The Pope’s famous and controversial encyclical Laudato Si’ focuses on humanity’s desecration of the global environment, but it also contains a striking challenge to the core tenets of the capitalist system, the willingness of so many to look at anything and everything as an opportunity to make money no matter what the consequences.
Would it be a surprise to learn that the people are making all sorts of money off the Pope’s visit to the U.S.? Some of the profiteering is of the petty sort, albeit pretty reprehensible. In New York City, some lowlifes are reselling the free tickets they got to see the Pope’s Central Park process for $750 each on Craigslist. Baltimore’s WBAL reports that scalped tickets are being offered for as much as $1,000. eBay has prohibited sales of tickets to see the Pope, but Craigslist has not yet done the same, as far as we know.
Creatively, funny, but still questionable are the t-shirt sellers like faithadelphia.com, hawking “Yo Pontiff” and other t-shirts for $20 or more a pop and promising “a portion of all sales to designated Catholic Children’s Charities in the Philadelphia region.” How much of the sales price and which charities will benefit is information available on request to the company, owned by “Clothing Scott” Soffen.
A ticket scalper, a t-shirt hawker, even a homeowner making a home available for a couple of thousand a night to people visiting Philadelphia to see the Pope (the average rental in Philadelphia during the Pope’s visit listed on HomeAway is $1,690 a night, eight times the average normal rate) are small potatoes compared to the financial benefit—or perhaps the even more important reputational benefit—some corporations are seeking from getting close to Pope Francis.
Some of the corporate involvement is a bit more difficult to understand. For example, the officially approved merchandising vendor for the World Meeting of Families Congress is the Philadelphia-based Aramark Company. Its “pop-up Pope shops” are selling commemorative pins, plush dolls of the Pope ($20), life-sized cardboard cutouts of the Pope ($160), a sterling silver cross ($500), and commemorative rosaries (running from $10 to $200). Aramark also happens to run prison kitchens all across the country, though no longer in Michigan, where authorities found Aramark food with maggots and other unpalatable offerings, according to Alan Pyke for ThinkProgress. The Pope is scheduled to visit the Philadelphia city jail, whose kitchen is an Aramark-contracted operation.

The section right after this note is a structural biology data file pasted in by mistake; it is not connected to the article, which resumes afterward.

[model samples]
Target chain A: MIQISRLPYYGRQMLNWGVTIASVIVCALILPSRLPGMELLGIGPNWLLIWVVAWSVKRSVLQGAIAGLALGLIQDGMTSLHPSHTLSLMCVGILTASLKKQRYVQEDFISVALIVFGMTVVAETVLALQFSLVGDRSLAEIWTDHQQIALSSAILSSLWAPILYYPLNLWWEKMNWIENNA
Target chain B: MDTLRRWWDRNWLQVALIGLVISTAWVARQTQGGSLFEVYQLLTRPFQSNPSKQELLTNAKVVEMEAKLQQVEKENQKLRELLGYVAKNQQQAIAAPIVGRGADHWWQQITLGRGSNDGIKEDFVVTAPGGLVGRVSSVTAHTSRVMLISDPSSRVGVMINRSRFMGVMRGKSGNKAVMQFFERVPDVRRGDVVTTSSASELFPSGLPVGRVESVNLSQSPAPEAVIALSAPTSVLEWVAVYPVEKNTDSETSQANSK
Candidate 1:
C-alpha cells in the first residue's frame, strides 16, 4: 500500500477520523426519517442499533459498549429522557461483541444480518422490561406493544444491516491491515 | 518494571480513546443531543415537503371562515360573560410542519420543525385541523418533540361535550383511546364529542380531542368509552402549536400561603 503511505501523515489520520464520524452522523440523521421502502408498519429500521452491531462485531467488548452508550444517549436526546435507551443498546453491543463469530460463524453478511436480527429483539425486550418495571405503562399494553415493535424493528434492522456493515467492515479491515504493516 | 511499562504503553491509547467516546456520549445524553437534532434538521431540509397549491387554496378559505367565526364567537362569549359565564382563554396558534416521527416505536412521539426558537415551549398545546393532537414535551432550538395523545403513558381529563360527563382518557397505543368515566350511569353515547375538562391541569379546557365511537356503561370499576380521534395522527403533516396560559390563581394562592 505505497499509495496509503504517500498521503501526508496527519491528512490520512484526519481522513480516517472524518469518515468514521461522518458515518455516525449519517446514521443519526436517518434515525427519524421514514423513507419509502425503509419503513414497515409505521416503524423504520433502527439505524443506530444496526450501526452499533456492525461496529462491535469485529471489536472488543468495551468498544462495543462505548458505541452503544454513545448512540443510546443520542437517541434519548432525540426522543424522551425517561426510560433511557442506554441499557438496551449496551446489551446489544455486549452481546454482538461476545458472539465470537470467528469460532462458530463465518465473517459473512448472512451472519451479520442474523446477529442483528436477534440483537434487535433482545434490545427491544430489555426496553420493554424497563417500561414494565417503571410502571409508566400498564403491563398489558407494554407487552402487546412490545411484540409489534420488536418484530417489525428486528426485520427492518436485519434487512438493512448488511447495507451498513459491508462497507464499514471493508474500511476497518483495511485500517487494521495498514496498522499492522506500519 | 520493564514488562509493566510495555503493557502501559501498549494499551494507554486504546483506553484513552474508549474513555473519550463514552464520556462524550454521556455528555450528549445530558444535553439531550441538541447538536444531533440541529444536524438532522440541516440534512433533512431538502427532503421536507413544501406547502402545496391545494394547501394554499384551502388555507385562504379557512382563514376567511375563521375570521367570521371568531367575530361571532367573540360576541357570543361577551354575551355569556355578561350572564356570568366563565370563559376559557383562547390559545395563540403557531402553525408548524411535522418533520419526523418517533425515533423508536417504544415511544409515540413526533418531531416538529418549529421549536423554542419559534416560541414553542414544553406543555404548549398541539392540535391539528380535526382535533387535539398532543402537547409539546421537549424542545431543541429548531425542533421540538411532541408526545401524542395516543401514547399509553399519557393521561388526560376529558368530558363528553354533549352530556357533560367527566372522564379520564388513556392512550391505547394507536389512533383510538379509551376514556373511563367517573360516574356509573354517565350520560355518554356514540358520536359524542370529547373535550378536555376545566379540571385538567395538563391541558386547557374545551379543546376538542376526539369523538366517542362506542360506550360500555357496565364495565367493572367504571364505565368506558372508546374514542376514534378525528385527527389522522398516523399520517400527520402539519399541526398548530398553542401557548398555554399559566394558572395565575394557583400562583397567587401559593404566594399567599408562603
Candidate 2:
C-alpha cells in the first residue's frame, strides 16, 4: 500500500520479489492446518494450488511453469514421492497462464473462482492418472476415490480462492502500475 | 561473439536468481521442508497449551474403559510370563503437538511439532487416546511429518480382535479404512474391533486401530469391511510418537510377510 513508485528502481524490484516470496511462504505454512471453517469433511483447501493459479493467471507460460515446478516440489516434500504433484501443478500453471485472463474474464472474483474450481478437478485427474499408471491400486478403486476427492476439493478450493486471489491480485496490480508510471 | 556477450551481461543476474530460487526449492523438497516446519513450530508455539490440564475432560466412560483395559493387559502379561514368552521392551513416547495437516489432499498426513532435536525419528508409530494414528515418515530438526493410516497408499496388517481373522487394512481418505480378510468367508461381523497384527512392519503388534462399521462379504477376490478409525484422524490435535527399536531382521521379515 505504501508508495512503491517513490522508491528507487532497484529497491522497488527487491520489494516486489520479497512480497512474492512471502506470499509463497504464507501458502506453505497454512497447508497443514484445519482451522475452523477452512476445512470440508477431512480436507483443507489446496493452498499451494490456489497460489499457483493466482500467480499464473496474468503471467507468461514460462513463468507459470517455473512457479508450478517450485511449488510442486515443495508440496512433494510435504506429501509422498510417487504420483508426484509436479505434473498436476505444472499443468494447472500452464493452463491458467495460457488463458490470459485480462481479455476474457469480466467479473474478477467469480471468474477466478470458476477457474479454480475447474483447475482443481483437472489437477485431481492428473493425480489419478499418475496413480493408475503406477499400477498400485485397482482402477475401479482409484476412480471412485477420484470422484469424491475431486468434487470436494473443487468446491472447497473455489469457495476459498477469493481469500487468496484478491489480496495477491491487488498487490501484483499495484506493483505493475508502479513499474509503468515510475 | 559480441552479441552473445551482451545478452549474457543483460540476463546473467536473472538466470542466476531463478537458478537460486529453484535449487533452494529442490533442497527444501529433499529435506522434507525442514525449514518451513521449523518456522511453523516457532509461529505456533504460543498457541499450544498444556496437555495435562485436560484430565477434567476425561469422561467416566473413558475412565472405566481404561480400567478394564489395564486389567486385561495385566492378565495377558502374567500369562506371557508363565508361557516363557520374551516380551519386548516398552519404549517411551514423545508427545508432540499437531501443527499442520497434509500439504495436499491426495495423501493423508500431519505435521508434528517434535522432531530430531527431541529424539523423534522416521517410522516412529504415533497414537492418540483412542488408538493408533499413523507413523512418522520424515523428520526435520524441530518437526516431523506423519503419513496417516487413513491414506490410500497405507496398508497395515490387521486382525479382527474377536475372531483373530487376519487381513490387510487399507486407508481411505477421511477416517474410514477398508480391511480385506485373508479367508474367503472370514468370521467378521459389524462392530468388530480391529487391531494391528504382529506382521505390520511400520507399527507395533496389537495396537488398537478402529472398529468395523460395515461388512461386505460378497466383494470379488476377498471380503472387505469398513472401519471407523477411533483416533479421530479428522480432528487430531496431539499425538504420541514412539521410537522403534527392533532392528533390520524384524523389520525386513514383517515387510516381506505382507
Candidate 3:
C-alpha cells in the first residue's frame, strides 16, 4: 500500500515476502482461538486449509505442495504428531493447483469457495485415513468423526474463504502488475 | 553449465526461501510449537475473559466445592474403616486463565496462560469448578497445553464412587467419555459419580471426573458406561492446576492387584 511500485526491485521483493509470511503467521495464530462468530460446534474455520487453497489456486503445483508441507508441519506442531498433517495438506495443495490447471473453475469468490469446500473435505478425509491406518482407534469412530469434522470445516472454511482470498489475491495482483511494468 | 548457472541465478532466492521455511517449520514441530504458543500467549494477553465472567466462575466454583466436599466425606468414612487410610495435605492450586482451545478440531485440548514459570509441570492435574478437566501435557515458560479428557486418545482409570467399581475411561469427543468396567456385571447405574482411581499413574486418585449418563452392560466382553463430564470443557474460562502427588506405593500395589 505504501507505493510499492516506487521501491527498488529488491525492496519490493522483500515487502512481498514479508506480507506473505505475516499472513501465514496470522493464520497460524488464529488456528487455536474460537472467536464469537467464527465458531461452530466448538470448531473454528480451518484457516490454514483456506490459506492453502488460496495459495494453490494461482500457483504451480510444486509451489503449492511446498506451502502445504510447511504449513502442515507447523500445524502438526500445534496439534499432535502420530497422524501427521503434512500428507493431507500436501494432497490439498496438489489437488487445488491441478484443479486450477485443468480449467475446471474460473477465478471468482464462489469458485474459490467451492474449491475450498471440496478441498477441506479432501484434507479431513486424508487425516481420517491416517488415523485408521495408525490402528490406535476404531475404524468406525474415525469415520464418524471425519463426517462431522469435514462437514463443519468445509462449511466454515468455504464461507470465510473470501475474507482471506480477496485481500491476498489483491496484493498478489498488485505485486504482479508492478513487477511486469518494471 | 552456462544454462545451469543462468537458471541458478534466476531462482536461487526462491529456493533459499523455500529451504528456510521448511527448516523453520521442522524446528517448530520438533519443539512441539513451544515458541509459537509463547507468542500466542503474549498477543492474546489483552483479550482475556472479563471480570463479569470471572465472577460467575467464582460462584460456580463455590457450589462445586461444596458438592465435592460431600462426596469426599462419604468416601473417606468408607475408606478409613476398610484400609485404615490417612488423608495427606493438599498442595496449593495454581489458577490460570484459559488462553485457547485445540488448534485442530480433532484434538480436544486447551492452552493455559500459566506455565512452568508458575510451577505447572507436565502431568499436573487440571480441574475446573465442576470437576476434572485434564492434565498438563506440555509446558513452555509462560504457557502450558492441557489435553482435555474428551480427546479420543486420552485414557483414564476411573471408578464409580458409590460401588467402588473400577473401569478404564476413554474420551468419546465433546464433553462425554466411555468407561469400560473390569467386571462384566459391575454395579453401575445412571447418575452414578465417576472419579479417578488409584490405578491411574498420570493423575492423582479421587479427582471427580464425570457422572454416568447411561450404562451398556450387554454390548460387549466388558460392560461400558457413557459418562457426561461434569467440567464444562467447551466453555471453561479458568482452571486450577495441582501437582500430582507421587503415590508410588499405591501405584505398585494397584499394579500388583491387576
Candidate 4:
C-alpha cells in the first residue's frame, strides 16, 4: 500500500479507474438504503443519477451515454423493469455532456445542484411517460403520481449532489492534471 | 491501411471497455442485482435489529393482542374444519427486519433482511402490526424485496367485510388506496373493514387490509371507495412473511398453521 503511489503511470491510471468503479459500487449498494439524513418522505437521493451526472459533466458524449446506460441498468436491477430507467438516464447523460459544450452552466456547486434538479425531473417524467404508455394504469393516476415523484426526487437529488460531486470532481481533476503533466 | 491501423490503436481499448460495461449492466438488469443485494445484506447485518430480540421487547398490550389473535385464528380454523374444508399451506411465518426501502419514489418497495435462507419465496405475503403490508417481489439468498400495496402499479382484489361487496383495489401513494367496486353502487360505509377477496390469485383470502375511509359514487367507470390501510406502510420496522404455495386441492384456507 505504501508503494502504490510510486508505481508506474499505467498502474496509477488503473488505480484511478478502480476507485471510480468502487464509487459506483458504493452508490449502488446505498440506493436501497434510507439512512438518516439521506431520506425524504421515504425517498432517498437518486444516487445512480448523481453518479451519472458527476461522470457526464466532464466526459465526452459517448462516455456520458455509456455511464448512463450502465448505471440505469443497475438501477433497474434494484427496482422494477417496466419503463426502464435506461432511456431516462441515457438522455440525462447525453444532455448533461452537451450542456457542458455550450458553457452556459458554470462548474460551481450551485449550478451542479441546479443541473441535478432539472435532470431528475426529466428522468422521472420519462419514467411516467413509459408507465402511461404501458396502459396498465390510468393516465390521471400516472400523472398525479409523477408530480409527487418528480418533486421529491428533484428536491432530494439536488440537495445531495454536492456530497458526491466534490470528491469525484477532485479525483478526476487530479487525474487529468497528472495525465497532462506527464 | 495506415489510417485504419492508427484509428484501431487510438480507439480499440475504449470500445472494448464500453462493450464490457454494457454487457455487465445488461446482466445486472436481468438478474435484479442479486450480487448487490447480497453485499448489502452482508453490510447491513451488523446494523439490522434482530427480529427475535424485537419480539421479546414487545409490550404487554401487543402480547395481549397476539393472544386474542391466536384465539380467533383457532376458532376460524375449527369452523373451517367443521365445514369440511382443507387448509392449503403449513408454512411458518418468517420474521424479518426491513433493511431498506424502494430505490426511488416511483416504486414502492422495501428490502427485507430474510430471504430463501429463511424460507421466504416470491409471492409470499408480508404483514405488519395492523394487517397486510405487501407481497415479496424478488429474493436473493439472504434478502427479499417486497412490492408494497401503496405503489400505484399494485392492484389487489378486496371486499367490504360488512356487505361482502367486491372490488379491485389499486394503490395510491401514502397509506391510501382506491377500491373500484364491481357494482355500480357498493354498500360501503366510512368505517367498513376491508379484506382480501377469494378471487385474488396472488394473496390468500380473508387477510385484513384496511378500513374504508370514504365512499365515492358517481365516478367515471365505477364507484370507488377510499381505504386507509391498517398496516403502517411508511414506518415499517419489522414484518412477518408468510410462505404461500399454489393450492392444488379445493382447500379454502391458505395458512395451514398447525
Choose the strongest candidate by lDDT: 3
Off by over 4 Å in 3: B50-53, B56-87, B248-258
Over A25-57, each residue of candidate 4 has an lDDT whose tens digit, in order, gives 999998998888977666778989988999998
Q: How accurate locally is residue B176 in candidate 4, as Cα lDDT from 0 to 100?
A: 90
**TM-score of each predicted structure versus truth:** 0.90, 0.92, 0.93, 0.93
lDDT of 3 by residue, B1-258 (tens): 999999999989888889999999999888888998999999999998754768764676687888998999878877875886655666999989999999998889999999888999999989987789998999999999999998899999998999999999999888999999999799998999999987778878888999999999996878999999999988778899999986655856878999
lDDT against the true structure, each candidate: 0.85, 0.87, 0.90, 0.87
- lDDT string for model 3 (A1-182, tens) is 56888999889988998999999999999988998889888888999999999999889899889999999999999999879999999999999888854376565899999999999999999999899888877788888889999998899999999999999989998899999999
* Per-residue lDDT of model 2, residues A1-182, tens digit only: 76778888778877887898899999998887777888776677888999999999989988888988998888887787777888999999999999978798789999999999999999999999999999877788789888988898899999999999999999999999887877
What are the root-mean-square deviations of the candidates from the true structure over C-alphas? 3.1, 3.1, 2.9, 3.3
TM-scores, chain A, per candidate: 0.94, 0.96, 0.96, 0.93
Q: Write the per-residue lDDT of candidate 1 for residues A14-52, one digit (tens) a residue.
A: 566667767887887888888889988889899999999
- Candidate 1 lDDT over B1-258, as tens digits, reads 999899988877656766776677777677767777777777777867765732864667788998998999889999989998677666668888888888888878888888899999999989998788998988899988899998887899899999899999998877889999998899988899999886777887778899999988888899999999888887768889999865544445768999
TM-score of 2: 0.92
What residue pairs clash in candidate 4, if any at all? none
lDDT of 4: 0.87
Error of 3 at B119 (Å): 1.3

A nonprofit called “In the Public Interest” released information about an array of companies with contracts at Philadelphia’s Curran-Fromhold Correctional Center, including Aramark and Corizon, among others, that are private contractors with “horrible track records.” ITPI’s executive director, Donald Cohen, described the history of Corizon and other for-profit companies at the prison with “providing low-quality services, harming not only prisoners, but communities and taxpayers as well.”
New York City mayor Bill de Blasio declared the ticket scalping as “truly disturbing” and “absolutely inconsistent with everything the pope stands for.” However, the message of what Pope Francis might stand for vis-à-vis the economic system that animates both t-shirt makers and Aramark is a little fuzzy to some people. “We live in a free-market economy, and we can understand why some might want to offer their homes for personal gain,” said World Meetings of Families spokesperson Rachael Harleman in a statement on the issues of home rental speculation during the Pope’s visit to the city of brotherly love. “As for what private individuals are planning in terms of property rental fees—we cannot speculate on that nor can we control it.”
Pro-business Catholics such as the membership of Legatus are doing their best to divine the pro-business side of Laudato Si’, as this commentary from Marcellino D’Ambrosio strives to demonstrate: “An exclusive focus on short-term gain is bad business. Bringing products to the marketplace that harm the public and the environment—this too is bad business. Failure to invest in the development of one’s employees is bad business. This is the kind of business that Francis condemns,” D’Ambrosio writes. “But the Holy Father praises creativity in the marketplace that serves the public, develops the workforce, and expands the pie for all.”
Nonetheless, other pro-business observers, such as radio talk show host Rush Limbaugh, view the Pope as anti-business, with Limbaugh himself declaring Pope Francis a “Marxist” because of the critique in Laudato Si’ that says, in Limbaugh’s interpretation, that “unfettered capitalism is destroying the world and…the rich countries have to give more money to the poor countries to make amends.” Worse than Marxist, Limbaugh declared that the encyclical sounded “just right out of the Democratic Party.”
The test will be not how the Pope responds to the profiteering, but the message coming from the dioceses of Washington, Philadelphia, and New York City. Let’s see when ordinary citizens complain about price gouging in the housing market and when political observers challenge the Church on getting too close to prison contractors. Laudato Si’ contains potential responses, but the American archdioceses will be judged on how they respond to hometown corporations (like Aramark in Philadelphia) after the Pope has returned to Rome.—Rick Cohen